Google Quantitative Analyst Interview Questions

Updated Jul 26, 2015
25 Interview Reviews

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Quantitative Analyst Interview

Anonymous Employee in Mountain View, CA
No Offer
Positive Experience
Average Interview

Application

I applied online. The process took 4+ weeksinterviewed at Google (Mountain View, CA) in April 2014.

Interview

Very awesome guys! 45 min per interviewer. They will ask you fundamental knowledge in statistics. You have to be very familiar with textbooks and react very very quickly.

Interview Questions

  • They go very deep into each question. You should be able to answer the first questions but the later the harder.   Answer Question

Other Interview Reviews for Google

  1. Helpful (6)  

    Quantitative Analyst Interview

    Anonymous Employee
    No Offer
    Positive Experience
    Average Interview

    Application

    I applied through an employee referral. The process took 2+ weeksinterviewed at Google in February 2014.

    Interview

    I applied through an employee referral. Two recruiting managers contacted me after 10 days and I had two phone interviews.

    Interview Questions

    • The first interviewer was very unfriendly and the second interviewer was friendly. Due to my statistics background, they both asked some statistical questions including design of experiments for an effective advertising campaign, comparison of two survey results, coding questions and how to handle multicollinearity in predictors and large dimensional data, etc.   Answer Question
  2. Helpful (6)  

    Quantitative Analyst Interview

    Anonymous Interview Candidate in Mountain View, CA
    Accepted Offer
    Positive Experience
    Average Interview

    Application

    I applied through an employee referral. The process took 4+ weeksinterviewed at Google (Mountain View, CA) in January 2014.

    Interview

    Internal referred followed by two round of phone interviews. Both interviews focuses on technical questions. The first interview has lots of questions on the fundamental statistics models, such as regression models, experimental design. The questions are like typical exam problems, but requires quick instant responses. The second interview also fucused on statistical questions, but were asked in a practical context. The interviewer described several projects with me, and for each project he asked questions about how you would like to plan the project, what models would you use, what were the alternative choice you have, reasons you picked that model, etc.

    Interview Questions

    • If you will propose a project in the quantitative marketing team, what will you propose and how will you plan the project?   1 Answer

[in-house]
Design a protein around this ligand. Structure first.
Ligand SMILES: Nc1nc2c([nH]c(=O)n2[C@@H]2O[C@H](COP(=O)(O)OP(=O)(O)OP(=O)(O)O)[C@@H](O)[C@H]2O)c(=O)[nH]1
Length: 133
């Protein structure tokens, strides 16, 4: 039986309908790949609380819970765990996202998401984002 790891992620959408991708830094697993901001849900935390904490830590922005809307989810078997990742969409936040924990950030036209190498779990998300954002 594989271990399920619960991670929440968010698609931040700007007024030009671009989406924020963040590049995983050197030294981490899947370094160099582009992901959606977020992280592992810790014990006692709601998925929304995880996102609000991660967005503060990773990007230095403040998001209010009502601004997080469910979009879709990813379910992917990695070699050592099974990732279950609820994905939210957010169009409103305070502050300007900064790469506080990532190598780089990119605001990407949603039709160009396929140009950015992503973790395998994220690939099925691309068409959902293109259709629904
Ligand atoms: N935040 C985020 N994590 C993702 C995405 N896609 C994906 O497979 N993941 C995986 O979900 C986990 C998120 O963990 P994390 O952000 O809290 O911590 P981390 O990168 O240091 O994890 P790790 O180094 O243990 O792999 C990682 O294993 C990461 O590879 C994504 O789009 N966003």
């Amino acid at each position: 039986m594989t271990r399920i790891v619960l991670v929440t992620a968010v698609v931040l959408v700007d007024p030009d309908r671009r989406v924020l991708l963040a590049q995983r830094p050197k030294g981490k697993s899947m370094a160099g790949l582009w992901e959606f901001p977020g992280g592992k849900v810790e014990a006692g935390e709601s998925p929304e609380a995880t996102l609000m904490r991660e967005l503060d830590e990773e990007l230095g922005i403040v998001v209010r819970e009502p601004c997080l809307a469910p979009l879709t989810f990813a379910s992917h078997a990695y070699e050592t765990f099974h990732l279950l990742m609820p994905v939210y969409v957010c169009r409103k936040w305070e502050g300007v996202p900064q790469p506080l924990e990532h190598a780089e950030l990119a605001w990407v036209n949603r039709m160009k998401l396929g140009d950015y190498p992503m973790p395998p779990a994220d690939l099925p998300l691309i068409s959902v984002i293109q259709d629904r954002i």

Negotiation

    Google offers a generous stipend for interns and I don't think there is any need to negotiate.

  3. Helpful (6)  

    Quantitative Analyst Interview

    Anonymous Employee
    No Offer

    Interview

    I got contacted by recruiter three months after submitting a resume and arranged a phone interview. The interviewer was nice and led me to answers. Most questions are about basic statistical concepts, especially the OLS assumptions and remedies for violation, hypothesis testing. He didn't ask anything about coding. The second interview was about open questions, for which she described a scenario and asked me about solutions. The part was hard for me. I had no idea what she was looking for, for some of the questions.

    Interview Questions

    • If each of the two coefficient estimates in a regression model is statistically significant, do you expect the test of both together is still significant?   1 Answer
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  5. Helpful (4)  

    Quantitative Analyst Interview

    Anonymous Employee in Mountain View, CA
    No Offer
    Difficult Interview

    Application

    I applied through an employee referral. The process took 4 weeksinterviewed at Google (Mountain View, CA).

    Interview

    The hiring process was pretty smooth. Hiring manager resume screen then 4 onsite interviews. Technical questions related to my field were OK but I did not give correct answer for practical marketing questions.

    Interview Questions

    • Choose one of products of Google, then explain your strategy to improve the product.   Answer Question
  6. Helpful (2)  

    Quantitative Analyst Interview

    Anonymous Employee
    No Offer
    Average Interview

    Application

    I applied through an employee referral – interviewed at Google in January 2013.

    Interview

    Get contacted by a recruiter to answer 13 questions on a questionnaires. Then a phone interview was scheduled. The identity of the interviewer was not told and he didn't introduce himself much unless you asked.

    Interview Questions

  7.  

    Quantitative Analyst Interview

    Anonymous Employee in Mountain View, CA
    No Offer
    Neutral Experience
    Difficult Interview

    Application

    I applied through an employee referral. The process took 3+ monthsinterviewed at Google (Mountain View, CA) in May 2012.

    Interview

    After a referral from a current employee, it was a long process (3 months). Long enough, in fact, that the job listing itself changed several times over the course of the process. An initial call from a recruiter, two (1hr.) technical phone interviews covering some basic data analysis, technologies, and relevant items from the resume. Invited to fly out for a on-site in Mountain View, involving 4 interviews with analysts from different business segments. Took a few weeks to get an answer after that.

    Interview Questions

    • There was one with 'what-if' questions involving how to analyze certain aspects of their business, including finding trends in ad bidding behavior and detecting contextual advertisers who were gaming the system. Open-ended enough that it wasn't clear if a right answer existed, but they may have had one in mind.   Answer Question
  8. Helpful (8)  

    Quantitative Analyst Interview

    Anonymous Employee in Mountain View, CA
    No Offer
    Neutral Experience
    Average Interview

    Application